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  1. Kim Matthews

    Best yield ever this year.
    Never thought about a lemon, will give it a go but not sure of the butter! As I do a couple of lbs at a time. THANKS

  2. I pushed the pulp through a sieve as I needed to transport it and couldn’t leave it overnight. It looks like cooked squash now and I’m worried I’ve ruined it. Any suggestions please.

  3. This is such a simple recipe and it’s my third year of using it. I am about to cook my quince today, in readiness for turning into jelly and bottling tomorrow.


    Great recipe ! Easy, peasey,japanesey ! Well just waking to see if it will set but tastes wonderful

  5. Christine Carter

    Thanks for all your tips and advice which has been really helpful over the years. I must admit though that I am confused – horticulture is a mystery I seem not to be able to fathom – by James (October 20, 2014) who truly seemed to know what he was saying, stating that ‘the true quince is Cydonia oblonga and the Japanese quince is Chaenomeles japonica’. The Royal Horticultural Society lists Cydonia Japonica in its recipes. Can anyone explain as I am truly bewildered by these conflicting statements.

    • jay venn

      Hello christine, did anyone answer your question? If not.. Japanese quince and true quince are two totally different pnants – it is the curse of common names that is confusing ou! ‘True’ quince is cydonia oblonga, which is a big fruit about the size of a large pear, which grows on a medium sized tree. It has lovely big white flowers in spring Japanese quince isw chaenomoles japonica, which is a fruit about the size of a lemon, growing on a spiny bush which has white, pink or red flowers. Both make really good jelly – my favourite is the japanes quince, in particular an old vriety called ‘Crimson ‘n gold’ which has dark red flowers and fruit which are incredibly hard. _ I attack mine with a huge knife to chop them up. I hope that is helpful.. J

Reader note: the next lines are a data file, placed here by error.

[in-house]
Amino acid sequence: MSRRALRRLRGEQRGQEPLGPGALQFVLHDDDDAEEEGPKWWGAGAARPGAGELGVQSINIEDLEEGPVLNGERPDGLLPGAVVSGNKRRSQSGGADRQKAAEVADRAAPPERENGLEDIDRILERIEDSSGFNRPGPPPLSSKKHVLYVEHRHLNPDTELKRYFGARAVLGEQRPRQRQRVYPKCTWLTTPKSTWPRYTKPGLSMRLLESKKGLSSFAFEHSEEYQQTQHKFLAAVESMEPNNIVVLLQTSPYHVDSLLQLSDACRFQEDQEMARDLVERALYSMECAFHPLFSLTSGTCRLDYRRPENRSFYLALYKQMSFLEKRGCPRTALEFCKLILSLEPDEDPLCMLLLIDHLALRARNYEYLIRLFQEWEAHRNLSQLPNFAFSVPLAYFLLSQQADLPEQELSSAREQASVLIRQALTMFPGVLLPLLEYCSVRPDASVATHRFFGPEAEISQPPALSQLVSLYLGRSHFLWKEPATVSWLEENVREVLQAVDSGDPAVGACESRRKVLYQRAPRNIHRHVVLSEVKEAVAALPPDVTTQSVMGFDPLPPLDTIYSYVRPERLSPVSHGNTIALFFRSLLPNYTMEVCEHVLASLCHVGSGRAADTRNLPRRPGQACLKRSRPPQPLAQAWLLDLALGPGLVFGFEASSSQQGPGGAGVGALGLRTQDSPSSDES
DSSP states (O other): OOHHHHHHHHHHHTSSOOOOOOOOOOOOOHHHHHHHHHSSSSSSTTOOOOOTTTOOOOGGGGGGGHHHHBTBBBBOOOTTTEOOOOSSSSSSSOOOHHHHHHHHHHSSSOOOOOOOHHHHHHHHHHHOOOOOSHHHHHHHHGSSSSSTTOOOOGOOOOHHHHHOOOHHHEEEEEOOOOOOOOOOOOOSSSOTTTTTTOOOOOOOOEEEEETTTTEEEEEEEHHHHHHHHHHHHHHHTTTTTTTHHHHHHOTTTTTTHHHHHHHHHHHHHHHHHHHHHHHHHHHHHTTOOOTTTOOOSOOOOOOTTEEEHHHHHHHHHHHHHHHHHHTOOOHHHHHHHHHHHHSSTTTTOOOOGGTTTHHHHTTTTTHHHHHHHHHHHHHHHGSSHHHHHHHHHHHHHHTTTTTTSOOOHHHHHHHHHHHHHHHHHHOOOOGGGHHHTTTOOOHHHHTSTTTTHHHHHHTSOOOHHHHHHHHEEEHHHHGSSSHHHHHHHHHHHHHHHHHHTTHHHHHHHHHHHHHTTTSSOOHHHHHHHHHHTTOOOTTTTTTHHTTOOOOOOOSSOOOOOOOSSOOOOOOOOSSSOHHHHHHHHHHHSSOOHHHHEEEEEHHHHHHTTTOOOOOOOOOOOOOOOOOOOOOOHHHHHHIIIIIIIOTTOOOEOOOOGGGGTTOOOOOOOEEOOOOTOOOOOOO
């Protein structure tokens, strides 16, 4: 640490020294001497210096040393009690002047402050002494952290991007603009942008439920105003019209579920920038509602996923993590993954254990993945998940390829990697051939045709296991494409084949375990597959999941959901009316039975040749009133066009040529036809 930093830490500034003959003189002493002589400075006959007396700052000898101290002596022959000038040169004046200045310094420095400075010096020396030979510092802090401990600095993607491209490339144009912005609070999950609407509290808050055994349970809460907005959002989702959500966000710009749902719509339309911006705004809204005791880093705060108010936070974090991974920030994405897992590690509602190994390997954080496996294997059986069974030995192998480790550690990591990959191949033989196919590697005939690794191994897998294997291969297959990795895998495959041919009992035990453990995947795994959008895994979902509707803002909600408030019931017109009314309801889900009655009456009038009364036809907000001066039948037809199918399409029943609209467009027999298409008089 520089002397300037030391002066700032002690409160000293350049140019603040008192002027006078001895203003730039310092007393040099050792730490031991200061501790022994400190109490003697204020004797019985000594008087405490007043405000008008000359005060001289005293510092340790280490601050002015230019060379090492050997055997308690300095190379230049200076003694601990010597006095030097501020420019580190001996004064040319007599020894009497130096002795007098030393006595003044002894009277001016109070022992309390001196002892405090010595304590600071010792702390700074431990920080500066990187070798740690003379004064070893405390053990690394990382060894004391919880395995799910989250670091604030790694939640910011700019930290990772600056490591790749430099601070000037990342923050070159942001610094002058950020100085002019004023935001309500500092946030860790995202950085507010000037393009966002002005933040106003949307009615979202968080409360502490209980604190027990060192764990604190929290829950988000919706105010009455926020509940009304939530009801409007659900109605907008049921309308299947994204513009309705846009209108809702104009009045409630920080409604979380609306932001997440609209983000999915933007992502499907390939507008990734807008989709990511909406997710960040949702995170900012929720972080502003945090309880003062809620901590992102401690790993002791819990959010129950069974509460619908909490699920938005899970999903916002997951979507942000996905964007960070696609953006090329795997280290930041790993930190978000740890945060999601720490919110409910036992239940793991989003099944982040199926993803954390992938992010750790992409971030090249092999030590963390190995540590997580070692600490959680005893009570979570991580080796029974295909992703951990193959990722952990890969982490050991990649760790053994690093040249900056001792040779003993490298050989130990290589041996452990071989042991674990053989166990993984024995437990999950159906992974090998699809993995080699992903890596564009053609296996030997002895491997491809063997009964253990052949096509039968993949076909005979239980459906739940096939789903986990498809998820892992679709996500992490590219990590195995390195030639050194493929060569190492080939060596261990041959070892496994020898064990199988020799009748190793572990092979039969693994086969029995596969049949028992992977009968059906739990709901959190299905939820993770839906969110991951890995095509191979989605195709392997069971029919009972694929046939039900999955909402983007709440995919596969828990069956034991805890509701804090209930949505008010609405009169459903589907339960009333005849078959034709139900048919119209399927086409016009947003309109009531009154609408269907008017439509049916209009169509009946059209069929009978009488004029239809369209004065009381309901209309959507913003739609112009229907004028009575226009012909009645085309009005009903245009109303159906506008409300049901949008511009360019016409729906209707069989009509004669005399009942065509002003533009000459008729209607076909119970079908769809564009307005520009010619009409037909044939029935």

6. Thank you for the bucket and sieve tip. After years of using jelly bag and upturned stool this is so neat, cleaner, looks better and works like a dream!

  7. I have used this recipe a few times now with good results. The only thing that I would add is that if you’re using Japanese quinces (Chaenomeles japonica), which are much sharper tasting than true quinces (Cydonia oblonga), it helps to use about 50% more sugar. That’s 1.5 lbs of sugar per Imperial pint (568 ml). If you wish to be cautious, then you could add just 1 lb of sugar per pint to begin with, and then taste it once the sugar has dissolved to see if it needs more sugar.

  8. Camdenspirit

    I just wanted to thank you for yet another wonderful recipe that has worked out really well. I have been using your recipes for the last few years and my jelly and jams have been really good and not one of them went wrong!
    So a big THANK YOU from my family, friends and me!

  9. Lucy Carter

    I love this quince jelly recipe and have used it for a number of years with delicious results. Wonderful to discover that there is no need to remove the pips and fiddle about coring which saves oodles of time. Thanks for the post.